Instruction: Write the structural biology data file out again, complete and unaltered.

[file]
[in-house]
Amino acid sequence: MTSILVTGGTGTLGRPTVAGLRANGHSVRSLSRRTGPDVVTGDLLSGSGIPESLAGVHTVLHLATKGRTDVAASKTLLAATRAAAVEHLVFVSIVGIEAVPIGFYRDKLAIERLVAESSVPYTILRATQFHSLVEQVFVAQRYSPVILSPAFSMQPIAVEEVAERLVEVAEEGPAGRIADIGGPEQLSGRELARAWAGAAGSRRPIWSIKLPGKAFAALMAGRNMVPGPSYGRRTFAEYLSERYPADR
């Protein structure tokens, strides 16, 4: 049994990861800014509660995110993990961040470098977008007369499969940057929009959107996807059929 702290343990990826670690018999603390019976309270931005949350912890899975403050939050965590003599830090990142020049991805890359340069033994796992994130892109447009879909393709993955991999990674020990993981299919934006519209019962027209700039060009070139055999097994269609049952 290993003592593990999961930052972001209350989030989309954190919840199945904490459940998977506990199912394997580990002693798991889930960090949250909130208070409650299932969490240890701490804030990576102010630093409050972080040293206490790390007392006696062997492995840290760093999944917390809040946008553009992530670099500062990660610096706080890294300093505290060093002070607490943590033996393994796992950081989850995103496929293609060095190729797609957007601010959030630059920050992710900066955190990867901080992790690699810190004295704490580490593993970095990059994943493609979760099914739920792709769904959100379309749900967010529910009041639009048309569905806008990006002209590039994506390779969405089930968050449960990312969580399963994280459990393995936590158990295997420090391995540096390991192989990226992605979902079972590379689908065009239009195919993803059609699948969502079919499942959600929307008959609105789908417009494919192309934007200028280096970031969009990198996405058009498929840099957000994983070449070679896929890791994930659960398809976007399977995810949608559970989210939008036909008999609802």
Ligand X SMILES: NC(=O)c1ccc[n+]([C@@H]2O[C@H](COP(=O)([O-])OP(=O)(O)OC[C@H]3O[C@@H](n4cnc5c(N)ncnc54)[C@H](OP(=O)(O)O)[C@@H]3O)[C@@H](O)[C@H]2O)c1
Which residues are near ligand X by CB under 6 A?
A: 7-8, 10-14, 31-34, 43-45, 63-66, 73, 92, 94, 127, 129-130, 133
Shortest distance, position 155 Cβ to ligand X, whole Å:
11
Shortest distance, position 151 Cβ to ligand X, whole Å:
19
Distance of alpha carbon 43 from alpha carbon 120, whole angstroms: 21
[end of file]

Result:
[in-house]
Amino acid sequence: MTSILVTGGTGTLGRPTVAGLRANGHSVRSLSRRTGPDVVTGDLLSGSGIPESLAGVHTVLHLATKGRTDVAASKTLLAATRAAAVEHLVFVSIVGIEAVPIGFYRDKLAIERLVAESSVPYTILRATQFHSLVEQVFVAQRYSPVILSPAFSMQPIAVEEVAERLVEVAEEGPAGRIADIGGPEQLSGRELARAWAGAAGSRRPIWSIKLPGKAFAALMAGRNMVPGPSYGRRTFAEYLSERYPADR
């Protein structure tokens, strides 16, 4: 049994990861800014509660995110993990961040470098977008007369499969940057929009959107996807059929 702290343990990826670690018999603390019976309270931005949350912890899975403050939050965590003599830090990142020049991805890359340069033994796992994130892109447009879909393709993955991999990674020990993981299919934006519209019962027209700039060009070139055999097994269609049952 290993003592593990999961930052972001209350989030989309954190919840199945904490459940998977506990199912394997580990002693798991889930960090949250909130208070409650299932969490240890701490804030990576102010630093409050972080040293206490790390007392006696062997492995840290760093999944917390809040946008553009992530670099500062990660610096706080890294300093505290060093002070607490943590033996393994796992950081989850995103496929293609060095190729797609957007601010959030630059920050992710900066955190990867901080992790690699810190004295704490580490593993970095990059994943493609979760099914739920792709769904959100379309749900967010529910009041639009048309569905806008990006002209590039994506390779969405089930968050449960990312969580399963994280459990393995936590158990295997420090391995540096390991192989990226992605979902079972590379689908065009239009195919993803059609699948969502079919499942959600929307008959609105789908417009494919192309934007200028280096970031969009990198996405058009498929840099957000994983070449070679896929890791994930659960398809976007399977995810949608559970989210939008036909008999609802």
Ligand X SMILES: NC(=O)c1ccc[n+]([C@@H]2O[C@H](COP(=O)([O-])OP(=O)(O)OC[C@H]3O[C@@H](n4cnc5c(N)ncnc54)[C@H](OP(=O)(O)O)[C@@H]3O)[C@@H](O)[C@H]2O)c1
Which residues are near ligand X by CB under 6 A?
A: 7-8, 10-14, 31-34, 43-45, 63-66, 73, 92, 94, 127, 129-130, 133
Shortest distance, position 155 Cβ to ligand X, whole Å:
11
Shortest distance, position 151 Cβ to ligand X, whole Å:
19
Distance of alpha carbon 43 from alpha carbon 120, whole angstroms: 21